Reference : Greening Local Economies: Nature Parks as Instruments for Sustainable Regional Development
Dissertations and theses : Doctoral thesis
Life sciences : Environmental sciences & ecology
Social & behavioral sciences, psychology : Human geography & demography
http://hdl.handle.net/10993/21818
Greening Local Economies: Nature Parks as Instruments for Sustainable Regional Development
English
Feyeh, Franklin Bahfon mailto [University of Luxembourg > Faculty of Language and Literature, Humanities, Arts and Education (FLSHASE) > Identités, Politiques, Sociétés, Espaces (IPSE) > Institute of Geography and Spatial Planning]
2015
University of Luxembourg, ​​Luxembourg
Docteur en Géographie
220
Schulz, Christian mailto
[en] Green Economy ; Sustainable Regional Development ; Nature Parks
[en] ABSTRACT
The proliferation of Nature Parks in Europe and the change in the function of these areas has brought forth questions about the meaning and extent to which Nature Parks encourage practices for regional sustainable development. As such, research into this subject is ongoing. Since the creation of the first Nature Park in Europe some five or six decades ago, today, the functions of many of these areas have metamorphosed; triggered by increasing knowledge about the importance of existing ecosystem services in park areas, on adjacent local inhabitants. Consequently, parks have moved from areas of pure conservation to areas that combine environmental preservation with other socioeconomic demands in regional development. When this multifunctional characteristic is fixed into various regional policies, Nature Parks are generally interpreted by policy makers as necessary tools for realizing sustainable development in local areas.

For the fact that parks have assumed new functions, it is certain, there are modifications in the strategies adopted for managing these areas. As a result, this study holds that the strength of Nature Parks in mitigating resource depletion, to improve socioeconomic prosperity and participatory regional processes, in rural areas in Luxembourg, is explicitly linked to the development strategies intended for these areas.

The study draws on two official Nature Parks in Luxembourg (Haute Sûre and Our), to explain contemporary strategies to simultaneously integrate activities of ecological conservation, economic development, social well-being and resource governance. Therefore, the study sticks on the concept of green economy, an integrated notion in the framework of sustainable development, as for example, promoted by United Nations Environment Programme (UNEP, 2011), to draw a line between theory and practice of Nature Park development in Luxembourg.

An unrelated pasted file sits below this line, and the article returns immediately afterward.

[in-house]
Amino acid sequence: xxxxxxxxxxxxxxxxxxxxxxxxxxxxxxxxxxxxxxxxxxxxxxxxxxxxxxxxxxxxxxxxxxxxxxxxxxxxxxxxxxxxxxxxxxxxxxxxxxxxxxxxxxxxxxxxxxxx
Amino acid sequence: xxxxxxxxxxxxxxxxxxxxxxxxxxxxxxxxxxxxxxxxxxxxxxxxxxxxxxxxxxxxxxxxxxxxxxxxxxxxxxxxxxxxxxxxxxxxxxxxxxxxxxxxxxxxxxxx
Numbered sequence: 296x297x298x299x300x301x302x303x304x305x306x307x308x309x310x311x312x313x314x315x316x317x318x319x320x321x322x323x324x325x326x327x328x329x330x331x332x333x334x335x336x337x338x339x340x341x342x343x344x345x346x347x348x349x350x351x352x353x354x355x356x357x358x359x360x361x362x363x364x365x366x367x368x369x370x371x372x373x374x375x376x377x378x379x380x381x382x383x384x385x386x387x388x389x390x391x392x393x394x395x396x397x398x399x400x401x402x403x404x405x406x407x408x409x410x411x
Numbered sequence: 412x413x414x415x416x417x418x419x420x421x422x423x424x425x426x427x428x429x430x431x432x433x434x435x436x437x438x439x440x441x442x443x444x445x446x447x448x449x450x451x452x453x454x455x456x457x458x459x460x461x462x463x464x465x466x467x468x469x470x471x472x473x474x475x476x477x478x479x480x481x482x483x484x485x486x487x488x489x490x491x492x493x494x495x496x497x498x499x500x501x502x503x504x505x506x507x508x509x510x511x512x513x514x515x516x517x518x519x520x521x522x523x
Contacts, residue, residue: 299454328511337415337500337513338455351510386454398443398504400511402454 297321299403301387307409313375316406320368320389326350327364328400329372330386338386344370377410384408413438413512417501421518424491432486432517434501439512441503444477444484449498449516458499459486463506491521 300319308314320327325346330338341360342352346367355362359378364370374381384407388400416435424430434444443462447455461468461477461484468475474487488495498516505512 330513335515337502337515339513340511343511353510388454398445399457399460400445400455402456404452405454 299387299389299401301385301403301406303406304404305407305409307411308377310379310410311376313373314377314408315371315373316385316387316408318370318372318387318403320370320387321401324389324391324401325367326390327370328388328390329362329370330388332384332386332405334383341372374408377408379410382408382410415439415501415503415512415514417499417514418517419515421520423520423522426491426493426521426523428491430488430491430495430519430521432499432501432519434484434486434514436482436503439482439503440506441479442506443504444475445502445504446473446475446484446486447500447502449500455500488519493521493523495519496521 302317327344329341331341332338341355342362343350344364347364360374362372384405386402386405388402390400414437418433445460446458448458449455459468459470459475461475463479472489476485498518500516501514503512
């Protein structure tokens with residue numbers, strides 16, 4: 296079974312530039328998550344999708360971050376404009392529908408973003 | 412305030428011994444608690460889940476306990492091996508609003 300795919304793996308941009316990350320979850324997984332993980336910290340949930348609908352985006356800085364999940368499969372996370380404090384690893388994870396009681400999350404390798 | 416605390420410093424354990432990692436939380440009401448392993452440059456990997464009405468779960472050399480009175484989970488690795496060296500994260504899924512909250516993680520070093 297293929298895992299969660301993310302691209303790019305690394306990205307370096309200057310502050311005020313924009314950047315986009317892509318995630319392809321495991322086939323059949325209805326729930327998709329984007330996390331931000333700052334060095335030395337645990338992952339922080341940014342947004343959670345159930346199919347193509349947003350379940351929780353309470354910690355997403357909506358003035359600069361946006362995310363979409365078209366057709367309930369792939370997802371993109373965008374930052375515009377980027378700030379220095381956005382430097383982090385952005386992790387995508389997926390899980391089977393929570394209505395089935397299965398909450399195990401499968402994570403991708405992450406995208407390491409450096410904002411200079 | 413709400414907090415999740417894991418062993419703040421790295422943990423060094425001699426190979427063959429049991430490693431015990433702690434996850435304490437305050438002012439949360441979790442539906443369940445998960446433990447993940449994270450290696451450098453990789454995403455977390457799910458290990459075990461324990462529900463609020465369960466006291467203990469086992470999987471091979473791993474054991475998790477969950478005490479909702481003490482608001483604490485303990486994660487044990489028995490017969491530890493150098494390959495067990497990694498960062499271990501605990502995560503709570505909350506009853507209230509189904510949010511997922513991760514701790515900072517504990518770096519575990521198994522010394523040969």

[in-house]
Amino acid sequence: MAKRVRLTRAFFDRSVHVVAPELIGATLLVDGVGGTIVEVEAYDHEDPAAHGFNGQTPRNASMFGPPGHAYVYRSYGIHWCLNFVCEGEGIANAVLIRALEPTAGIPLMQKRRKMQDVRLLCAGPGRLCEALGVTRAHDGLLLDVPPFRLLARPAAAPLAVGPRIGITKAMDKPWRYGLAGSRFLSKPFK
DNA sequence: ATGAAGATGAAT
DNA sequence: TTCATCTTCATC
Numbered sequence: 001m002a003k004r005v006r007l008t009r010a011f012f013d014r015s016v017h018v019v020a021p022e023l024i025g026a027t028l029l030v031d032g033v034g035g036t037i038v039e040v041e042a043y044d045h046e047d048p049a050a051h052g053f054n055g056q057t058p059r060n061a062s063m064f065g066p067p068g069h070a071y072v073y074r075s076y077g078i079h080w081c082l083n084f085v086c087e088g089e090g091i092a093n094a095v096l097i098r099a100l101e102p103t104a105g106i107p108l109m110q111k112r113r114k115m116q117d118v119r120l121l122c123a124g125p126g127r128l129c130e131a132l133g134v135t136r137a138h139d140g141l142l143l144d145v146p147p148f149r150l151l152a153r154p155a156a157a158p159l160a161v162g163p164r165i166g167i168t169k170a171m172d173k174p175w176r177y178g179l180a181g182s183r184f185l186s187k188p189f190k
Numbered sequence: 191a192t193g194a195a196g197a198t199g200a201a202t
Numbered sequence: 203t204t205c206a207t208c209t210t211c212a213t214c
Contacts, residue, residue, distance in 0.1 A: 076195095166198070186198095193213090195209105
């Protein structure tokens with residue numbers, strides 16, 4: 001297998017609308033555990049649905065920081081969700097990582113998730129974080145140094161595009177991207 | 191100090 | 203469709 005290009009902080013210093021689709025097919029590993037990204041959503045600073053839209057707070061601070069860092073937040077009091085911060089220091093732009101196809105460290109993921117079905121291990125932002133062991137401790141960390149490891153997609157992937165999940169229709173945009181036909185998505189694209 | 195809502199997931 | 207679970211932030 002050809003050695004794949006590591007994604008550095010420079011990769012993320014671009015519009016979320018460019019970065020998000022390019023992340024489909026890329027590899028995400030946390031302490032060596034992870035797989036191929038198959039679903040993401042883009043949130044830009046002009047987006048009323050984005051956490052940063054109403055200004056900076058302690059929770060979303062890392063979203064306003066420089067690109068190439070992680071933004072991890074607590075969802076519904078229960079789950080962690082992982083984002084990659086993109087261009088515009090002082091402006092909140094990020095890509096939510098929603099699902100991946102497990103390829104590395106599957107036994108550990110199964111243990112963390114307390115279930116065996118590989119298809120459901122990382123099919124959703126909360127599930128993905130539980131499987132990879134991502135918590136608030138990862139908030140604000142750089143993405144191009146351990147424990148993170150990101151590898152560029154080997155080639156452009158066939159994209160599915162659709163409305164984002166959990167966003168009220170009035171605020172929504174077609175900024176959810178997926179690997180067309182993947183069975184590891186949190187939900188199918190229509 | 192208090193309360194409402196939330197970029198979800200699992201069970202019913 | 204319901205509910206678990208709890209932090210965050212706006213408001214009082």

To comprehend the role and impacts of Nature Parks in regional development, the study has been guided by a qualitative methodology. Methods were chosen based on flexibility and the strength to provide useful insights about parks’ activities. This provided responses to the main research question; to what extent are strategies contributing to the appreciation of Nature Parks by local, regional and national stakeholders, as instruments for greening local economies, for the purpose of attaining sustainable regional development in Luxembourg?

The dissertation presents different dimensions in which Nature Parks in Luxembourg are trying to promote regional sustainability. It made use of chapters that describe and analyse ecological policies for improving ecosystem services. This is mainly guided by schemes for environmental education, biodiversity contracts and agricultural advice that convey modernisation into traditional agricultural practices. Undeniably, approaches affixed for the development of Nature Parks have been contributing in reshaping local economies. Not only are these strategies important in integrating economic development and ecological conservation, but also, the outcomes via innovative and diversified projects have fairly improved approaches for local production. A new rural identity is now being developed, standing tall as the main strength behind the marketing of locally branded Nature Park products. Apart from the fact that organic production is still a matter of controversy, concrete social policies are lacking while local participation in Nature Parks’ activities is a critical challenge and absolutely insufficient.

Away from researching on the ecological, economic, social and governance approaches for greening Nature Parks, the study has also explained certain challenges caused mainly by, but not limited to, differences between stakeholders in conceptualising Nature Parks as tool for local/regional development. The emerging drawbacks from these limitations vis-à-vis regional projects are enough reason to rethink the extent to which Nature Parks in Luxembourg encourage sustainable regional development. The research reasons that attaining sustainable development in Nature Parks is a critical challenge. This can be most effective if predestined strategies logically integrate aspects of environmental conservation, economic prosperity and social well-being, including attractive policies of regional governance.
Researchers ; Professionals ; Students ; General public ; Others
http://hdl.handle.net/10993/21818

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